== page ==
Every day, we make decisions on topics ranging from personal investments to schools for our children to the meals we eat to the causes we champion. Unfortunately, we often choose poorly. Nobel laureate Richard Thaler and legal scholar and bestselling author Cass Sunstein explain in this important exploration of choice architecture that, being human, we all are susceptible to various biases that can lead us to blunder. Our mistakes make us poorer and less healthy; we often make bad decisions involving education, personal finance, health care, mortgages and credit cards, the family, and even the planet itself. In Nudge, Thaler and Sunstein invite us to enter an alternative world, one that takes our humanness as a given. They show that by knowing how people think, we can design choice environments that make it easier for people to choose what is best for themselves, their families, and their society. Using colorful examples from the most important aspects of life, Thaler and Sunstein demonstrate how thoughtful "choice architecture" can be established to nudge us in beneficial directions without restricting freedom of choice. Nudge offers a unique new take--from neither the left nor the right--on many hot-button issues, for individuals and governments alike. This is one of the most engaging and provocative books to come along in many years.
The Smarter Screen
by Shlomo Benartzi; Jonah Lehrer (Contribution by)
Call Number: BF/774/B45/2015
Publication Date: 2017-02-07
A leading behavioral economist reveals the tools that will improve our decision making on screens Office workers spend the majority of their waking hours staring at screens. Unfortunately, few of us are aware of the visual biases and behavioral patterns that influence our thinking when we're on our laptops, iPads, smartphones, or smartwatches. The sheer volume of information and choices available online, combined with the ease of tapping "buy," often make for poor decision making on screens. In The Smarter Screen, behavioral economist Shlomo Benartzi reveals a tool kit of interventions for the digital age. Using engaging reader exercises and provocative case studies, Benartzi shows how digital designs can influence our decision making on screens in all sorts of surprising ways. For example: * You're more likely to add bacon to your pizza if you order online. * If you read this book on a screen, you're less likely to remember its content. * You might buy an item just because it's located in a screen hot spot, even if better options are available. * If you shop using a touch screen, you'll probably overvalue the product you're considering. * You're more likely to remember a factoid like this one if it's displayed in an ugly, difficult-to-read font. Drawing on the latest research on digital nudging, Benartzi reveals how we can create an online world that helps us think better, not worse. From the Hardcover edition.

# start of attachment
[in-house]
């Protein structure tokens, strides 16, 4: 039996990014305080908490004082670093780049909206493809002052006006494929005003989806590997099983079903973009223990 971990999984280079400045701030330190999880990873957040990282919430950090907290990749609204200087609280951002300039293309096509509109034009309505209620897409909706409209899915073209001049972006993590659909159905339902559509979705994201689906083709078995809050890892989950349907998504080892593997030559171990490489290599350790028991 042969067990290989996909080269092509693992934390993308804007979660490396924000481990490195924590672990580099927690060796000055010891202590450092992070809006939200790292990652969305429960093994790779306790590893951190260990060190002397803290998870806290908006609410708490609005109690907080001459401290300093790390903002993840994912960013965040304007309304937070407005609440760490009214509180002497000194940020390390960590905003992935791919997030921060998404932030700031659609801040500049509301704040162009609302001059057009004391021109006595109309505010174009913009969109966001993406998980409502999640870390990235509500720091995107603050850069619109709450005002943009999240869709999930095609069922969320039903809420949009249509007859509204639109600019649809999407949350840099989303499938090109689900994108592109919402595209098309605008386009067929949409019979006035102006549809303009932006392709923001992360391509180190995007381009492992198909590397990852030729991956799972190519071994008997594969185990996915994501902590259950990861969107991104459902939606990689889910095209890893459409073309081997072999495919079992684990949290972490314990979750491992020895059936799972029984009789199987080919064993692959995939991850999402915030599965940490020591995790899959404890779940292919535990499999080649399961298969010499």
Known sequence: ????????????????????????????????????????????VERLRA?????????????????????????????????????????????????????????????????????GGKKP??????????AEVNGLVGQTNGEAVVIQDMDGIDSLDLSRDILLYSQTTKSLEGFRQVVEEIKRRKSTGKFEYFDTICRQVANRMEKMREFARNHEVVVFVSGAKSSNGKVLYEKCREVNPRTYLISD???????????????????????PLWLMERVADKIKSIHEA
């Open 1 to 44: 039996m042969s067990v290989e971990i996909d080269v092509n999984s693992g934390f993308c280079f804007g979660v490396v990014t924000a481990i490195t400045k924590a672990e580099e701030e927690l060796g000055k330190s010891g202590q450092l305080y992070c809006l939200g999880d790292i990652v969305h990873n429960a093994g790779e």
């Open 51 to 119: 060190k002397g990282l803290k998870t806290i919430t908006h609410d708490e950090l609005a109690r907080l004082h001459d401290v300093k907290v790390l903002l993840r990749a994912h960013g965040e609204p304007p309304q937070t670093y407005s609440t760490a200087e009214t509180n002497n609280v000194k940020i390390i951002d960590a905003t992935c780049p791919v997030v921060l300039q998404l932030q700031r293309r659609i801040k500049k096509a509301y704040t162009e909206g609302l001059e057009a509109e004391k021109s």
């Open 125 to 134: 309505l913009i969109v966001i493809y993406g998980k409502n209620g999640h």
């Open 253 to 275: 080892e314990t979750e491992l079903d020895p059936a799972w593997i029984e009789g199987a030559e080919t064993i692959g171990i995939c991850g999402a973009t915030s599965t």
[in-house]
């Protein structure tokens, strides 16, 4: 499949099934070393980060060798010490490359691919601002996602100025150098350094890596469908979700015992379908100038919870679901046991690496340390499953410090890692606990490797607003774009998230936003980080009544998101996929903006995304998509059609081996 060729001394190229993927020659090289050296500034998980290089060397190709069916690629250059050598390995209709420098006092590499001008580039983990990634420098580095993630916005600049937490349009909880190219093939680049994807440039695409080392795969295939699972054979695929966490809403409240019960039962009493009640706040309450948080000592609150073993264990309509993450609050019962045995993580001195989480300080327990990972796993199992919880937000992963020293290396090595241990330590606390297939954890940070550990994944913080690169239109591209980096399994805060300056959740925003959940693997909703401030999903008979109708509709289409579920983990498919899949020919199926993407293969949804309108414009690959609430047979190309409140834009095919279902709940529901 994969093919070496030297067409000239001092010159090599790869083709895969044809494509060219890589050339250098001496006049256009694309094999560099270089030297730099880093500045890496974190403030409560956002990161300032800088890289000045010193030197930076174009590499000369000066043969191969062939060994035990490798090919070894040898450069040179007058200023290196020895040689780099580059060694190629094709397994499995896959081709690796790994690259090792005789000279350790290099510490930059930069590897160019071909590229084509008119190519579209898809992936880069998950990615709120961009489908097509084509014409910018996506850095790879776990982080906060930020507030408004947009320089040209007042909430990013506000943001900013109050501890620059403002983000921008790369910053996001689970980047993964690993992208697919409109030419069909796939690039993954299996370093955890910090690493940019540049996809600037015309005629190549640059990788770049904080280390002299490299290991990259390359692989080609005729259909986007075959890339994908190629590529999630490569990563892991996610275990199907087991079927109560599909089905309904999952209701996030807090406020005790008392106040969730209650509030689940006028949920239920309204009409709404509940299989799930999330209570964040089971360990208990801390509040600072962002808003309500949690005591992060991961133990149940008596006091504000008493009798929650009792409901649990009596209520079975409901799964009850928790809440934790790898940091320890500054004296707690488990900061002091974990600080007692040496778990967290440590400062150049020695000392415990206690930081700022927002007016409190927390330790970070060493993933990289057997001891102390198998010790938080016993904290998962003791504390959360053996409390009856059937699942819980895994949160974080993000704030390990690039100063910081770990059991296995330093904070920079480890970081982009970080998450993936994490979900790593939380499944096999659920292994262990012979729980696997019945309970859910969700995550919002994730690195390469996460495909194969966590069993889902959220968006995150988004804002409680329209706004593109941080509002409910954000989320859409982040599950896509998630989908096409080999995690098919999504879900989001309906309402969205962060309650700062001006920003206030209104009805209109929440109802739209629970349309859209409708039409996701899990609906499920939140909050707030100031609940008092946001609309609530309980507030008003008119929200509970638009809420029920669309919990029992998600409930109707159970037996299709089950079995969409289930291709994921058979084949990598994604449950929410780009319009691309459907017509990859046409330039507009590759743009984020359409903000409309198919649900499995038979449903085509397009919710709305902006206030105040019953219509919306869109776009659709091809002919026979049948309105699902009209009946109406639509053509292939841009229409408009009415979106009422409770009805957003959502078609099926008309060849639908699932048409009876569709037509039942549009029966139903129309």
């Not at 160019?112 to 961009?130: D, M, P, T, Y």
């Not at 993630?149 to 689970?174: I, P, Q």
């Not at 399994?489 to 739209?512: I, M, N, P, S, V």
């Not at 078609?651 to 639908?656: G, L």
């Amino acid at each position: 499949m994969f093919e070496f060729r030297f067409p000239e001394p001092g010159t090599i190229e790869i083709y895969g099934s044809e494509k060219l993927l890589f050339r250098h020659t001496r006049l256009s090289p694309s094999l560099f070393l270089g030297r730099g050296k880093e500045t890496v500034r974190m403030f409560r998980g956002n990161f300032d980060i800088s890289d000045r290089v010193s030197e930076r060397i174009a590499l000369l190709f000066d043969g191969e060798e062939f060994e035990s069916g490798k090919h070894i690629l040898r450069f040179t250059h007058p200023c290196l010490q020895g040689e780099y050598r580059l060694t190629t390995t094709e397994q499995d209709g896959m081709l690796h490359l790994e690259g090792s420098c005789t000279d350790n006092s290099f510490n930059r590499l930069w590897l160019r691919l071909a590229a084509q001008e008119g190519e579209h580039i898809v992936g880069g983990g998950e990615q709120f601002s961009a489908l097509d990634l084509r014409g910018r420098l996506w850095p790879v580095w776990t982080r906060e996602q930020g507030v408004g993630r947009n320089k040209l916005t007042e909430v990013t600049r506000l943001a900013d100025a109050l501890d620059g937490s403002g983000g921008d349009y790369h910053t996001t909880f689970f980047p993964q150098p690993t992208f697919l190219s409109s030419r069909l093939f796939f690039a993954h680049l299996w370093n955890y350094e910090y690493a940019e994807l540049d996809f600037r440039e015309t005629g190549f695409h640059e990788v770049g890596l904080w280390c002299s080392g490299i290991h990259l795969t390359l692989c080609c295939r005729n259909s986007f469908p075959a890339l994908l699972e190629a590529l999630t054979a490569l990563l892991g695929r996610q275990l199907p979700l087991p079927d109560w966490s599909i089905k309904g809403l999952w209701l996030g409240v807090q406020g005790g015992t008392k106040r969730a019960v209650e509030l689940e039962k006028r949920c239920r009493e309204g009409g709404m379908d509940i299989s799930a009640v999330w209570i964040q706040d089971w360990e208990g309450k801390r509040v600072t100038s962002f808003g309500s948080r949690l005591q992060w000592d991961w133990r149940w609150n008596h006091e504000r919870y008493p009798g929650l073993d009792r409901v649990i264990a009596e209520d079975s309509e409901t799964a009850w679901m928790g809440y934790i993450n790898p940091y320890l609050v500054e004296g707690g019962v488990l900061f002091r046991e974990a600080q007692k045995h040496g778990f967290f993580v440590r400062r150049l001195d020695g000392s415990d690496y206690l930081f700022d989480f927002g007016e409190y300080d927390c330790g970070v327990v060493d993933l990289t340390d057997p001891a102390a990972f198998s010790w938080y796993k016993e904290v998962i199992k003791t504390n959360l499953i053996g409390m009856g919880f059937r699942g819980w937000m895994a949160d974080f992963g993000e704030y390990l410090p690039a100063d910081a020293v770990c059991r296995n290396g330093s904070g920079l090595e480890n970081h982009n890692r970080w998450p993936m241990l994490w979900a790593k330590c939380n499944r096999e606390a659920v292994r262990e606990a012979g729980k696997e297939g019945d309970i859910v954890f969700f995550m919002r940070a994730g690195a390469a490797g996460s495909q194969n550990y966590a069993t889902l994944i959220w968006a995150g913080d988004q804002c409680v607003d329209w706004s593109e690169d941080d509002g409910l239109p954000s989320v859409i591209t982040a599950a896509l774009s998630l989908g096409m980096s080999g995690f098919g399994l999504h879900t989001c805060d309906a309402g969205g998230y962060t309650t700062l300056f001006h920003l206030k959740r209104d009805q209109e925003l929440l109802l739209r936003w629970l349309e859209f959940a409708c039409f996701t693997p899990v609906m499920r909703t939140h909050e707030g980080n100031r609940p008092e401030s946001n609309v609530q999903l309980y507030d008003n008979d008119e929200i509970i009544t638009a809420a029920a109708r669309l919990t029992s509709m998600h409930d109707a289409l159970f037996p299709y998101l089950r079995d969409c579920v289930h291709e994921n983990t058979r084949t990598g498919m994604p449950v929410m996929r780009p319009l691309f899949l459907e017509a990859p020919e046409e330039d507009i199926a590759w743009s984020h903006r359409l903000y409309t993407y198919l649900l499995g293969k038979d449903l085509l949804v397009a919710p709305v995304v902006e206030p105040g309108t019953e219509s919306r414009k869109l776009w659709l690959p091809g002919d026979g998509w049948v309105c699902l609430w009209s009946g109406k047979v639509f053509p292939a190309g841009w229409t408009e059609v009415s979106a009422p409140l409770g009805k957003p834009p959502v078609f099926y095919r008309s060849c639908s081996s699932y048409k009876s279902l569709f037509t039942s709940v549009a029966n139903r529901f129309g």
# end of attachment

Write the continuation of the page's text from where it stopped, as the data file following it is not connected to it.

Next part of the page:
The Last Mile
by Dilip Soman
Call Number: HG/4515/S693/2015
Publication Date: 2015
In The Last Mile, Dilip Soman shows how to use insights from behavioral science in order to close that gap. Beginning with an introduction to the last mile problem and the concept of choice architecture, the book takes a deep dive into the psychology of choice, money, and time. It explains how to construct behavioral experiments and understand the data on preferences that they provide. Finally, it provides a range of practical tools with which to overcome common last mile difficulties., The Last Mile helps lay readers not only to understand behavioral science, but to apply its lessons to their own organizations’ last mile problems, whether they work in business, government, or the nonprofit sector. Appealing to anyone who was fascinated by Dan Ariely’s Predictably Irrational, Richard Thaler and Cass Sunstein’s Nudge, or Daniel Kahneman’s Thinking, Fast and Slow but was not sure how those insights could be practically used, The Last Mile is full of solid, practical advice on how to put the lessons of behavioral science to work.